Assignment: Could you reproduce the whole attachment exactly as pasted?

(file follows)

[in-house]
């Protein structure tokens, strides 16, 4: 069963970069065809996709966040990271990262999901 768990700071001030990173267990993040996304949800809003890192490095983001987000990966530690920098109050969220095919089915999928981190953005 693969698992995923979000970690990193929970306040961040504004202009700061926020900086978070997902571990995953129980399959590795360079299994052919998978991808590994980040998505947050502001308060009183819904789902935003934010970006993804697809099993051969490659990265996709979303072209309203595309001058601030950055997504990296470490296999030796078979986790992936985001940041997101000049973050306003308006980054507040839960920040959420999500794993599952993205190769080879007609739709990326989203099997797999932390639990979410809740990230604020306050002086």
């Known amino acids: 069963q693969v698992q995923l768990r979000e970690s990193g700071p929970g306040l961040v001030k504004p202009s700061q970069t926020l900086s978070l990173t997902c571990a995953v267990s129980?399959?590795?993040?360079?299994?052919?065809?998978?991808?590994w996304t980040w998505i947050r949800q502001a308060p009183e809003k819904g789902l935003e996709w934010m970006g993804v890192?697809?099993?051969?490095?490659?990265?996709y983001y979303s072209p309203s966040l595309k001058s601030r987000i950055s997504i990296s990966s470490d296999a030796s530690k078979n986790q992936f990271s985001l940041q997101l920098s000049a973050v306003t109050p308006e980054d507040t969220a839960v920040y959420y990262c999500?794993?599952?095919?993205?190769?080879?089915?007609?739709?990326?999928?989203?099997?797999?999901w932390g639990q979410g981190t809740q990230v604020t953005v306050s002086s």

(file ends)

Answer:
[in-house]
């Protein structure tokens, strides 16, 4: 069963970069065809996709966040990271990262999901 768990700071001030990173267990993040996304949800809003890192490095983001987000990966530690920098109050969220095919089915999928981190953005 693969698992995923979000970690990193929970306040961040504004202009700061926020900086978070997902571990995953129980399959590795360079299994052919998978991808590994980040998505947050502001308060009183819904789902935003934010970006993804697809099993051969490659990265996709979303072209309203595309001058601030950055997504990296470490296999030796078979986790992936985001940041997101000049973050306003308006980054507040839960920040959420999500794993599952993205190769080879007609739709990326989203099997797999932390639990979410809740990230604020306050002086």
């Known amino acids: 069963q693969v698992q995923l768990r979000e970690s990193g700071p929970g306040l961040v001030k504004p202009s700061q970069t926020l900086s978070l990173t997902c571990a995953v267990s129980?399959?590795?993040?360079?299994?052919?065809?998978?991808?590994w996304t980040w998505i947050r949800q502001a308060p009183e809003k819904g789902l935003e996709w934010m970006g993804v890192?697809?099993?051969?490095?490659?990265?996709y983001y979303s072209p309203s966040l595309k001058s601030r987000i950055s997504i990296s990966s470490d296999a030796s530690k078979n986790q992936f990271s985001l940041q997101l920098s000049a973050v306003t109050p308006e980054d507040t969220a839960v920040y959420y990262c999500?794993?599952?095919?993205?190769?080879?089915?007609?739709?990326?999928?989203?099997?797999?999901w932390g639990q979410g981190t809740q990230v604020t953005v306050s002086s």